J Bone Jt Infect 2020; 5(1):35-42. doi:10.7150/jbji.40924
Debridement, Antibiotics and Implant Retention for Hip Periprosthetic Joint Infection: Analysis of Implant Survival after Cure of Infection
1. Interdisciplinary Septic Surgical Unit, Clinic for Orthopedic and Trauma Surgery, Kantonsspital Baselland, Liestal, Switzerland
2. Center for Muscular-Skeletal Infections, Department of Orthopedics and Traumatology, University Hospital Basel, University of Basel, Basel, Switzerland
3. Medical Faculty, University of Basel, Basel, Switzerland
4. Department of Infectious Diseases and Hospital Epidemiology, University Hospital Basel, University Basel, Basel, Switzerland
5. Institute for Infectious Diseases, University of Bern, Bern, Switzerland
* shared first authorship.
Clauss M, Hunkeler C, Manzoni I, Sendi P. Debridement, Antibiotics and Implant Retention for Hip Periprosthetic Joint Infection: Analysis of Implant Survival after Cure of Infection. J Bone Jt Infect 2020; 5(1):35-42. doi:10.7150/jbji.40924. Available from http://www.jbji.net/v05p0035.htm
Background: Debridement, antibiotics and implant retention (DAIR) is a valuable option for treating early and acute periprosthetic joint infection (PJI). The inflammation caused by the infection and the surgical intervention during DAIR may influence the long-term stability of the implant. In this study, we analyzed the sequelae of DAIR on implant survival in hip PJI after cure of infection.
Methods: Total hip arthroplasties (THAs) from our database implanted between 1992 and 2016 were included in a retrospective double-cohort study. THAs were exposed (DAIR cohort) or not exposed to DAIR (control cohort). The control cohort comprised patients matched 3:1 to the DAIR cohort. The outcome was implant failure over time. It was evaluated for (i) revision for any reason, (ii) aseptic loosening of any component, and (iii) radiographic evidence of loosening.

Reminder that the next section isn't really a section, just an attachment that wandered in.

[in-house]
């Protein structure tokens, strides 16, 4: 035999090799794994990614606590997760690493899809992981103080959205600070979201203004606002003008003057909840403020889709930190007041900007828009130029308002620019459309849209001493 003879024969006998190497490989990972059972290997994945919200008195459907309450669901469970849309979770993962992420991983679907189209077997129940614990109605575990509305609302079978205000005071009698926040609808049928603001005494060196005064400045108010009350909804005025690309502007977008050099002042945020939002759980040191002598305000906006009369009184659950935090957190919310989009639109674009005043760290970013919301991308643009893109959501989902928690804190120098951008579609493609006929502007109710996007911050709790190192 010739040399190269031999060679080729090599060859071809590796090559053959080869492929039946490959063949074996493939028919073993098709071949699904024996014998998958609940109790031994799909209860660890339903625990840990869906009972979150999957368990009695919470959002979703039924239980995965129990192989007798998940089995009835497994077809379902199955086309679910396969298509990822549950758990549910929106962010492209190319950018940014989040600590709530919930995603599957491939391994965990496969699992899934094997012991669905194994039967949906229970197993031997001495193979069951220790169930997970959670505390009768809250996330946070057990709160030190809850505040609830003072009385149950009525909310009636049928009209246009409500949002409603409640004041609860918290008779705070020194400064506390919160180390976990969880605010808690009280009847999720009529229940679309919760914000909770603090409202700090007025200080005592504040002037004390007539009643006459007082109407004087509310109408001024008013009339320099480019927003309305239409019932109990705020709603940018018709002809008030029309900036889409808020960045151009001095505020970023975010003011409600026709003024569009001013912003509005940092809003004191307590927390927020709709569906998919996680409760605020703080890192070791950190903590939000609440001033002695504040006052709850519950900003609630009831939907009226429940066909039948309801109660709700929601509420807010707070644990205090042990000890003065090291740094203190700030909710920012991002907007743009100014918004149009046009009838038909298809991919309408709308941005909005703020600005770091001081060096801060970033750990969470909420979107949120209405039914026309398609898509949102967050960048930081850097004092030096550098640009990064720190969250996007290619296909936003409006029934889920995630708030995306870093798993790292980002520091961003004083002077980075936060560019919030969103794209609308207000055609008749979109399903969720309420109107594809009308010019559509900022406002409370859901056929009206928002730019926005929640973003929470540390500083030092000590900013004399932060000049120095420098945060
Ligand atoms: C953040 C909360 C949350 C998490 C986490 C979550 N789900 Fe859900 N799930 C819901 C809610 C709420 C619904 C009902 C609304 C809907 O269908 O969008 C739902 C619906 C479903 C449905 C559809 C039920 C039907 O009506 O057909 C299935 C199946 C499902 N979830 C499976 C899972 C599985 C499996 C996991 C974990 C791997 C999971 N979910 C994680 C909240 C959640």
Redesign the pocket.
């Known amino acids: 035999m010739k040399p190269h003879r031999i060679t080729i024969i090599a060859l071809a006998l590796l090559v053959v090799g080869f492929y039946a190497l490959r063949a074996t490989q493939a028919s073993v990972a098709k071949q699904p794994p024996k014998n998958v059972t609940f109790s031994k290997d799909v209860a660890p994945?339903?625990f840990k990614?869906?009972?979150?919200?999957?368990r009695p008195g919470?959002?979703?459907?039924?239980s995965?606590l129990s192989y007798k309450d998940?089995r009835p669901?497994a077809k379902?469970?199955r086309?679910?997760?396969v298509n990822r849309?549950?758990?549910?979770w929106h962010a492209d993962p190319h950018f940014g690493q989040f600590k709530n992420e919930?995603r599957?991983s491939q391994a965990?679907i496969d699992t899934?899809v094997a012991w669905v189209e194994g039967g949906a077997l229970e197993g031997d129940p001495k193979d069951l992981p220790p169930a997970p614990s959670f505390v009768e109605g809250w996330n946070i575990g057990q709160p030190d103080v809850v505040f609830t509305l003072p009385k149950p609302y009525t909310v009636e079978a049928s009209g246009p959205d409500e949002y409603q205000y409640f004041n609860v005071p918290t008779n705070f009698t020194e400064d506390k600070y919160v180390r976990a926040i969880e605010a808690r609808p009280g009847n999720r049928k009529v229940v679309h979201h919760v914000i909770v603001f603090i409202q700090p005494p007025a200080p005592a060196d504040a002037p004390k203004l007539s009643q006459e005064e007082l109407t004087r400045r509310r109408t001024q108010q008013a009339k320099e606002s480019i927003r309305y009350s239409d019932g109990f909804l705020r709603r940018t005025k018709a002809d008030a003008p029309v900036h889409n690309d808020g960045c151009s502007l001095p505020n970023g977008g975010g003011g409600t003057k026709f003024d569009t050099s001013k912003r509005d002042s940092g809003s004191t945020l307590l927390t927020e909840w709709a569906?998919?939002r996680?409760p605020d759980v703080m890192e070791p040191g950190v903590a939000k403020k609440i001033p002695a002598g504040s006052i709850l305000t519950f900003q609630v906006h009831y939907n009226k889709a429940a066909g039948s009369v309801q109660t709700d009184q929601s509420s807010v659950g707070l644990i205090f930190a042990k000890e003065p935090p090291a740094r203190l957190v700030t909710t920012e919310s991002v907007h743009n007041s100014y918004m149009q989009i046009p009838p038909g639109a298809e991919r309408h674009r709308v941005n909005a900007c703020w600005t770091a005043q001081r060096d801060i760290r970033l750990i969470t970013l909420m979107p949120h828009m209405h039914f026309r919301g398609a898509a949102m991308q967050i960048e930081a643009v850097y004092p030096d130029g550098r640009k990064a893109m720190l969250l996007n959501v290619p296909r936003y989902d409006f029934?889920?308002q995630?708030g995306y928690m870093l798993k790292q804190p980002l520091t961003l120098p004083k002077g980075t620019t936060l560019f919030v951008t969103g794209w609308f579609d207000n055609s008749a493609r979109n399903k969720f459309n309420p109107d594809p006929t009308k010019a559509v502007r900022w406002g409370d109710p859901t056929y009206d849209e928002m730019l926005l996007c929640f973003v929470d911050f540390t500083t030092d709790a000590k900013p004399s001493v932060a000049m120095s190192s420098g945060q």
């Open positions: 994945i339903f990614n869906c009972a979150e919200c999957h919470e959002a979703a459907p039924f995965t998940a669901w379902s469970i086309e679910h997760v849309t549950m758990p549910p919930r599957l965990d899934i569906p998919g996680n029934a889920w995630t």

Results: 57 THAs (56 patients) were included in the DAIR cohort and 170 THAs (168 patients) in the control cohort. The mean follow-up periods in the DAIR and control cohorts were 6.1 and 7.8 years, respectively. During follow-up, 20 (36%) patients in the DAIR cohort and 54 (32%) in the control cohort died after a mean of 4.1 and 7.2 years, respectively. Revision for any reason was performed in 9 (16%) THAs in the DAIR cohort and in 10 (6%) THAs (p=0.03) in the control cohort, and revision for aseptic loosening of any component in 5 (9%) and 8 (5%) THAs (p=0.32), respectively. Radiological analysis included 56 THAs in the DAIR cohort and 168 THAs in the control cohort. Two (4%) stems and 2 (4%) cups in the DAIR cohort and 7 (4%) and 1 (0.6%) in the control cohort, respectively, demonstrated radiological signs of failure (p=1).
Conclusions: THAs exposed to DAIR were revised for any reason more frequently than were THAs in the control cohort. The difference was mainly caused by septic failures. After cure of PJI, the difference in revisions for aseptic loosening was not significant. There was no significant difference in radiographic evidence of loosening of any component between cohorts. These data suggest that cured hip PJI previously exposed to DAIR do not fail more frequently for aseptic reasons than do THAs not exposed to DAIR.